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Solo BumbleBee makes Linux eBPF programming easier

In 1992, the Berkeley Packet Filter (BPF) was introduced in Unix circles as a new, improved network packet filter. Nice, but not that big a deal. Then, in 2014, it was changed and brought into the Linux kernel as extended BPF (eBPF). Again, that was okay. Just okay. Soon thereafter though, developers started using it to run user-space code inside a virtual machine (VM) on the Linux kernel.  And, then it was a huge deal. As Netflix computer performance expert Brendan Gregg said, with eBPF, “superpowers have finally come to Linux.”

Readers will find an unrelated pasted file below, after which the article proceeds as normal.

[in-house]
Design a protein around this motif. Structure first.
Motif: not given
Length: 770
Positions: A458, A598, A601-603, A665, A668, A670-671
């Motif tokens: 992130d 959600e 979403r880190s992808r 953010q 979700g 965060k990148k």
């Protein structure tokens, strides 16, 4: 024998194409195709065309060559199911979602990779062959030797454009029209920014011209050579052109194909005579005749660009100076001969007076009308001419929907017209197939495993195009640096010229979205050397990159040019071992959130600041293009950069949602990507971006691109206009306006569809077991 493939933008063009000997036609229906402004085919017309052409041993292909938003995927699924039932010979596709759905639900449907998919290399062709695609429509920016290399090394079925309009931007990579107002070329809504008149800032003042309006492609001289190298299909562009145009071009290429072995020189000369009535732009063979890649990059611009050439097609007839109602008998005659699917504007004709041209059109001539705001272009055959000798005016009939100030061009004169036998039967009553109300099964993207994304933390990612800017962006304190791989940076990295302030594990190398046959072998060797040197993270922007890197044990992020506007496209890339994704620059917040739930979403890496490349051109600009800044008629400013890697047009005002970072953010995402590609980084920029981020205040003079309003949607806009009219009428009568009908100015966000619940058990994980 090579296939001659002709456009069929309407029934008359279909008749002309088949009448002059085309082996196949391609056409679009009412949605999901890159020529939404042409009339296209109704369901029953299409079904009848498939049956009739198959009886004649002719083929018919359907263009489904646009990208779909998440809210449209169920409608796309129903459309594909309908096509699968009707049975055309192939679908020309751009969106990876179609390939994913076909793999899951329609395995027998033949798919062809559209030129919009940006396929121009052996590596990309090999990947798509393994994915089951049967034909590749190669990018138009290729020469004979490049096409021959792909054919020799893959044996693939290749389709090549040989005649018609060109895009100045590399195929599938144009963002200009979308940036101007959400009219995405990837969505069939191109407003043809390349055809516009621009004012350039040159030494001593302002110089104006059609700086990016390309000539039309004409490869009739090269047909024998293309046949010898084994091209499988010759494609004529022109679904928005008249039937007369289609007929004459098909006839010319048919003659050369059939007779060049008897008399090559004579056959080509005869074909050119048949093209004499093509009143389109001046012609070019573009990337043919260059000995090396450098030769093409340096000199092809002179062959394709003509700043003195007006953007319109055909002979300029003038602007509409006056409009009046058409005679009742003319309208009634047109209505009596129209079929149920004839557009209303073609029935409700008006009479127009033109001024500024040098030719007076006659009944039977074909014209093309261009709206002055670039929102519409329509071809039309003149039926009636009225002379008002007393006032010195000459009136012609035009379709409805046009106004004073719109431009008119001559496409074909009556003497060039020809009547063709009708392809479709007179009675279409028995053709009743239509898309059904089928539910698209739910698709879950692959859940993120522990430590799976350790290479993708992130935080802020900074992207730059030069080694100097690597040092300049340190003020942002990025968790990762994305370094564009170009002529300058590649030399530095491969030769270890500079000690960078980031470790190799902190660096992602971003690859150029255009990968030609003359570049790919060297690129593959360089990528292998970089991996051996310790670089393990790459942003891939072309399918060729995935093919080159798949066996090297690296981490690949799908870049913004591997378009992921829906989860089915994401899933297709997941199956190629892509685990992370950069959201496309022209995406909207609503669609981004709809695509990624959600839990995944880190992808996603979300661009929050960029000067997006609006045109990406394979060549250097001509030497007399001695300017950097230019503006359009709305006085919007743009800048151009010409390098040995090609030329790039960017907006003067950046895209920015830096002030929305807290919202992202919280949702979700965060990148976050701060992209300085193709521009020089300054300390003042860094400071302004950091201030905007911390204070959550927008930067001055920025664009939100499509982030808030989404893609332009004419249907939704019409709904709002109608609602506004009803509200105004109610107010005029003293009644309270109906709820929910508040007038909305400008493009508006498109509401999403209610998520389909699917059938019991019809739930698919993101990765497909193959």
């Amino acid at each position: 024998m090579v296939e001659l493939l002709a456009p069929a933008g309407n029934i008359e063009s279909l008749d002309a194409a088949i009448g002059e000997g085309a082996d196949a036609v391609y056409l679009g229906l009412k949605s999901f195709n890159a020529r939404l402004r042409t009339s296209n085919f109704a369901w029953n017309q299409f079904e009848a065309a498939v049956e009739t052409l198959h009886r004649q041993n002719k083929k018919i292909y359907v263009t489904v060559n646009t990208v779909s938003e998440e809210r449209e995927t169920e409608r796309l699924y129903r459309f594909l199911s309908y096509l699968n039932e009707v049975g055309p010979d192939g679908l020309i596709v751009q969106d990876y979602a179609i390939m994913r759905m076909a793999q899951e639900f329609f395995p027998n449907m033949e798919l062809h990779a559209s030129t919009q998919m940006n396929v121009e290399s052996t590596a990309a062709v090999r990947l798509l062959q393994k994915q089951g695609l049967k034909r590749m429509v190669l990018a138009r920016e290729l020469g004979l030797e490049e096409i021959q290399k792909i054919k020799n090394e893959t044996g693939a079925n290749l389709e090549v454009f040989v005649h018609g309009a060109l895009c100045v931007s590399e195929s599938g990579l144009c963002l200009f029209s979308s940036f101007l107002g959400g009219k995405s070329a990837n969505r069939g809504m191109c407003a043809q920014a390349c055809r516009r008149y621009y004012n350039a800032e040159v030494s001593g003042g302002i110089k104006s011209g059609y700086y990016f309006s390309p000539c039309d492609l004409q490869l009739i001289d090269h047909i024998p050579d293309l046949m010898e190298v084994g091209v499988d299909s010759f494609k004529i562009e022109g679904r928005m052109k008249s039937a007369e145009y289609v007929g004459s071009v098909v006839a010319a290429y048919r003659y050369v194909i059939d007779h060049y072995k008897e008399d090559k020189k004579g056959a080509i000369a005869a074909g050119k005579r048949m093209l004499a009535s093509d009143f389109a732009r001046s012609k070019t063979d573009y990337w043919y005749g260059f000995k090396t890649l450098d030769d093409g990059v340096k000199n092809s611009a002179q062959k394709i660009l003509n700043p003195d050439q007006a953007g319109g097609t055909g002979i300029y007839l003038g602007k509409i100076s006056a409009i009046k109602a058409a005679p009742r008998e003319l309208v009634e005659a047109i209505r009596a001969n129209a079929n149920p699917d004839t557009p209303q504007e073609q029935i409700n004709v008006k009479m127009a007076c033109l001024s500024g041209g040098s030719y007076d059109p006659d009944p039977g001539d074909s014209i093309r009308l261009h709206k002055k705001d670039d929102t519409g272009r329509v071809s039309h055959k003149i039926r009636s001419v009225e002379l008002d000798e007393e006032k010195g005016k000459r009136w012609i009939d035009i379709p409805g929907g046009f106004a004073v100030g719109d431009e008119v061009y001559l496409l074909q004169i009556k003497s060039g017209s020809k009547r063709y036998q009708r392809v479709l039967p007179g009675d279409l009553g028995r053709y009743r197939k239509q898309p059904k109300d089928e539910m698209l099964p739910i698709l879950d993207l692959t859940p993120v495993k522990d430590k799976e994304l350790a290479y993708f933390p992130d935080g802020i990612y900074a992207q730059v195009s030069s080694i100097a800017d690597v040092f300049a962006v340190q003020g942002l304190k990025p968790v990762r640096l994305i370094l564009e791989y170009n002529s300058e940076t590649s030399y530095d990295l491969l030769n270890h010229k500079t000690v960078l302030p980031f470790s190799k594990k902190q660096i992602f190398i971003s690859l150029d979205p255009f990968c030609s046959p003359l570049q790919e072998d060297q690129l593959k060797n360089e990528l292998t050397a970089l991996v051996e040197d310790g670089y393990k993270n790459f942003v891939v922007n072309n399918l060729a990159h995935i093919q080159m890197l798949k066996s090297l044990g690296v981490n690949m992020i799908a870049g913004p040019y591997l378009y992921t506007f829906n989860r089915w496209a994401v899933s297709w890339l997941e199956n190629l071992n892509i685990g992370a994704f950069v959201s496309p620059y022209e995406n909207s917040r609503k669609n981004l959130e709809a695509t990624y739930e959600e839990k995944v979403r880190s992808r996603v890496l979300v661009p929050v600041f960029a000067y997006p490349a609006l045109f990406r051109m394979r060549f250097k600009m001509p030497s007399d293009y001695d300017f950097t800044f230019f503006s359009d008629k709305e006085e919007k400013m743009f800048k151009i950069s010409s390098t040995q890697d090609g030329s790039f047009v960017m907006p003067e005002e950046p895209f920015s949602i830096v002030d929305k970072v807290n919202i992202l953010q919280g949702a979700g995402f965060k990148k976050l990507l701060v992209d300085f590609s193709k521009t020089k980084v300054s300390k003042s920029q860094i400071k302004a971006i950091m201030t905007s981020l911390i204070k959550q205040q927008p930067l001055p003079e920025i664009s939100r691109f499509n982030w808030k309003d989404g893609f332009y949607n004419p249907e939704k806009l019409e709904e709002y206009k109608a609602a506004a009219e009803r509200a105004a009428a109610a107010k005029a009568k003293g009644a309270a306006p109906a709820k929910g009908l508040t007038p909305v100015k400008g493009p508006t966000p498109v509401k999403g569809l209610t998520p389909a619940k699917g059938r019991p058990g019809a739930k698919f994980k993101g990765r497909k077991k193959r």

What superpowers? eBPF gives you the power to run programs in the Linux kernel without changing the kernel source code or adding additional modules. In effect, it acts as a lightweight (VM) inside the Linux kernel space. There, programs that can run in eBPF run much faster, while taking advantage of kernel features unavailable to other higher-level Linux programs.

Solo BumbleBee makes Linux eBPF programming easier. More>

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